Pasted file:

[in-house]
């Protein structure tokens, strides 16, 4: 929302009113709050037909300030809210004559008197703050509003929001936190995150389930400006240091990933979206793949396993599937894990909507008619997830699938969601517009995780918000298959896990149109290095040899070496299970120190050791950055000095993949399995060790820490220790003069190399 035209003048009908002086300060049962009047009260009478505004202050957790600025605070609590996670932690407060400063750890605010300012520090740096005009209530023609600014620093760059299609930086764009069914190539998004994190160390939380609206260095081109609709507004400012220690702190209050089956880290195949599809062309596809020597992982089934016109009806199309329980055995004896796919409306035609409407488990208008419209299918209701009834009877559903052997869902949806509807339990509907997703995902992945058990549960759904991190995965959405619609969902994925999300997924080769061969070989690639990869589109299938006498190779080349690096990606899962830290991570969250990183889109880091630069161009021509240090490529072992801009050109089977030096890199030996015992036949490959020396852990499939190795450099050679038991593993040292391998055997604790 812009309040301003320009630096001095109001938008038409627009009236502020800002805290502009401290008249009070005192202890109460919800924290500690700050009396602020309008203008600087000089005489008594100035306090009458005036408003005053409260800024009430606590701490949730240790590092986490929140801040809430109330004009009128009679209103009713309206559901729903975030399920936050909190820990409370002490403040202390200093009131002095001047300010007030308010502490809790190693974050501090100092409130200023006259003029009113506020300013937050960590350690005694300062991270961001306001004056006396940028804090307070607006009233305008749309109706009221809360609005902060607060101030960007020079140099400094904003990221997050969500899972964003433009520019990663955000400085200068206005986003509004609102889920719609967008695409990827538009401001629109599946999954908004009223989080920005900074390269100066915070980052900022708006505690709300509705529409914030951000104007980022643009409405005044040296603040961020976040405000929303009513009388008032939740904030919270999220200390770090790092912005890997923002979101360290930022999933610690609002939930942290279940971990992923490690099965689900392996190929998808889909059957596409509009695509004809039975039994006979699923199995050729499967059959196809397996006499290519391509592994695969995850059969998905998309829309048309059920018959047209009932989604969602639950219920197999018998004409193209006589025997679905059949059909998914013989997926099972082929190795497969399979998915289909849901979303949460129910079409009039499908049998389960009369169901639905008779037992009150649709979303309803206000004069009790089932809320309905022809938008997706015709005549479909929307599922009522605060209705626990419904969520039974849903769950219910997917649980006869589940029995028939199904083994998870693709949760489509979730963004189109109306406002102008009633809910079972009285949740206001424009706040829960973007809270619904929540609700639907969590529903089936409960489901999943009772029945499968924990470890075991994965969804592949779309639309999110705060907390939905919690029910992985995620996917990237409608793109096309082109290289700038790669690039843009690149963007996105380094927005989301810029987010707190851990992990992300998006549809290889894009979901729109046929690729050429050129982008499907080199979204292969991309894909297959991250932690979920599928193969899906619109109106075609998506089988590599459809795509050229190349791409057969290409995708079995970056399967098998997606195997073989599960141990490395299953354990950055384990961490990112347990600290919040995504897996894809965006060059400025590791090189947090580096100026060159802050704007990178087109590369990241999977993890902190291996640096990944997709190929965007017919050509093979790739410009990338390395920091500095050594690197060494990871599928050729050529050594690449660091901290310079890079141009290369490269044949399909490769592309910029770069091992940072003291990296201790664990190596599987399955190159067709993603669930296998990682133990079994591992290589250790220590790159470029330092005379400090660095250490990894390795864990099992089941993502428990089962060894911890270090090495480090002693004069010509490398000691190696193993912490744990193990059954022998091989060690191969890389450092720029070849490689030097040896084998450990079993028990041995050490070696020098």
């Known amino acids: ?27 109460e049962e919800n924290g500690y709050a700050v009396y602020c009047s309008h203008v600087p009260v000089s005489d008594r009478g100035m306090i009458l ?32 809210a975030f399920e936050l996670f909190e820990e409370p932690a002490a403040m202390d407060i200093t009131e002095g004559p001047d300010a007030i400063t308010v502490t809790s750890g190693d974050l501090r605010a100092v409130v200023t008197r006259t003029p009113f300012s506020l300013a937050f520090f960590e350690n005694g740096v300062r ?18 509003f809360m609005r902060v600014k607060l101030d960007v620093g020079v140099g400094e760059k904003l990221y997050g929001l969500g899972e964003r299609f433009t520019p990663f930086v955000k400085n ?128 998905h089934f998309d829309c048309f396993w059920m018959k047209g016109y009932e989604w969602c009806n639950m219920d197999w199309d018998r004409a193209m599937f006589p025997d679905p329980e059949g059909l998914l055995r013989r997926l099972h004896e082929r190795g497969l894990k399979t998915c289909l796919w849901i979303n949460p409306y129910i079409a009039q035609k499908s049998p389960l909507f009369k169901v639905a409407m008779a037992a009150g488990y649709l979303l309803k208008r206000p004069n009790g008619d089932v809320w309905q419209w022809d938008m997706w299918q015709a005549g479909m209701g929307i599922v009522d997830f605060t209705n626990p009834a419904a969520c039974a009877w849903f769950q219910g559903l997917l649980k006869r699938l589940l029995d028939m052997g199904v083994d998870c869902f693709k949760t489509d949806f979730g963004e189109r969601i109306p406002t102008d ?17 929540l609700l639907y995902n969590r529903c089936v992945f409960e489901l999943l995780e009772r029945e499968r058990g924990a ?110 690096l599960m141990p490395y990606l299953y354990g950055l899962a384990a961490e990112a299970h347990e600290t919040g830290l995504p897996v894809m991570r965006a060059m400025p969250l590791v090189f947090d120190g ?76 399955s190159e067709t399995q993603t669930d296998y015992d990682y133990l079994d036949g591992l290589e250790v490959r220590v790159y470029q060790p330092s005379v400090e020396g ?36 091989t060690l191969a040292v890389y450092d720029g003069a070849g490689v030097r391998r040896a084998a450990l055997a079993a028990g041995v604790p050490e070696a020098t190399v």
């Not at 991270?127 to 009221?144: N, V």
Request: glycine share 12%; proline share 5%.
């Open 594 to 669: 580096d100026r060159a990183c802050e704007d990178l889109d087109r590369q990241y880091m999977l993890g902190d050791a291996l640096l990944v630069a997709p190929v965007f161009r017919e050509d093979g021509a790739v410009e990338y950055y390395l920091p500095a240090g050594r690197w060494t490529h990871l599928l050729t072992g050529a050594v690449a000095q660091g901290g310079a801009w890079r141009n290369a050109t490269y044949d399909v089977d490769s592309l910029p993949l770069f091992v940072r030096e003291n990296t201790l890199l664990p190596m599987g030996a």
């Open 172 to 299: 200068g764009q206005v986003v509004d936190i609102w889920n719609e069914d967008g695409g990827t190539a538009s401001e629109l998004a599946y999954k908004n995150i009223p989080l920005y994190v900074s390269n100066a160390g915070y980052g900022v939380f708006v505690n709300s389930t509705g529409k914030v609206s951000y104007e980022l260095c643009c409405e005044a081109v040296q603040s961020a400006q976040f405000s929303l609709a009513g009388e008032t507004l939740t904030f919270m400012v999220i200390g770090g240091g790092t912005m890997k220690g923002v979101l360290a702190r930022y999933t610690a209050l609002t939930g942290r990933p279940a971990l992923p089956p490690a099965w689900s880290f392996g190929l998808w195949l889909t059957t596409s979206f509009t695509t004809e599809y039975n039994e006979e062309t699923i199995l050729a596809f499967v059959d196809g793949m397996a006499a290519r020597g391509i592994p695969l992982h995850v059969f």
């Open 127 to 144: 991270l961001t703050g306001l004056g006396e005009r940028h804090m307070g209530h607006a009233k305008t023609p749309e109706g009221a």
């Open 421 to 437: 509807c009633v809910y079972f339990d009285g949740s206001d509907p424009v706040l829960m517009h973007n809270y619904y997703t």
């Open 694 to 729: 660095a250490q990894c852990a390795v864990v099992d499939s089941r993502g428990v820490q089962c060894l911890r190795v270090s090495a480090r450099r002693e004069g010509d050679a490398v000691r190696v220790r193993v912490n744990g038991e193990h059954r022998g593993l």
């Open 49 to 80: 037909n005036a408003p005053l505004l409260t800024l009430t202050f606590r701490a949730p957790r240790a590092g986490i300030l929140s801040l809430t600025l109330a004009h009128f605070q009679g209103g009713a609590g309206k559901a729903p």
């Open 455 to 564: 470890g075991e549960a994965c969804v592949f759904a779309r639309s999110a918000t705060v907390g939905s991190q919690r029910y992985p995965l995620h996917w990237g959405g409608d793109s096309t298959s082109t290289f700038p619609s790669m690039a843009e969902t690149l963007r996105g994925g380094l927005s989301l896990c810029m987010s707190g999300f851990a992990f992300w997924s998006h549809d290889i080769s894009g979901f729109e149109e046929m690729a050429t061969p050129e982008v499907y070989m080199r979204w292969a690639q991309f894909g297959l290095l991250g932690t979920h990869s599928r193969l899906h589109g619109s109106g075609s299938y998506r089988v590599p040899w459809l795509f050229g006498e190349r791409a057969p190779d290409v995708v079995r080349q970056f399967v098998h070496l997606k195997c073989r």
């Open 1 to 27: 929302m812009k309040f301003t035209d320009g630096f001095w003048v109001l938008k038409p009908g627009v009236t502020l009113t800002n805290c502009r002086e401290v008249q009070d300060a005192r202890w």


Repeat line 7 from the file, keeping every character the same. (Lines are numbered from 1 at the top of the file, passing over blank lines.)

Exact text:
């Open 172 to 299: 200068g764009q206005v986003v509004d936190i609102w889920n719609e069914d967008g695409g990827t190539a538009s401001e629109l998004a599946y999954k908004n995150i009223p989080l920005y994190v900074s390269n100066a160390g915070y980052g900022v939380f708006v505690n709300s389930t509705g529409k914030v609206s951000y104007e980022l260095c643009c409405e005044a081109v040296q603040s961020a400006q976040f405000s929303l609709a009513g009388e008032t507004l939740t904030f919270m400012v999220i200390g770090g240091g790092t912005m890997k220690g923002v979101l360290a702190r930022y999933t610690a209050l609002t939930g942290r990933p279940a971990l992923p089956p490690a099965w689900s880290f392996g190929l998808w195949l889909t059957t596409s979206f509009t695509t004809e599809y039975n039994e006979e062309t699923i199995l050729a596809f499967v059959d196809g793949m397996a006499a290519r020597g391509i592994p695969l992982h995850v059969f």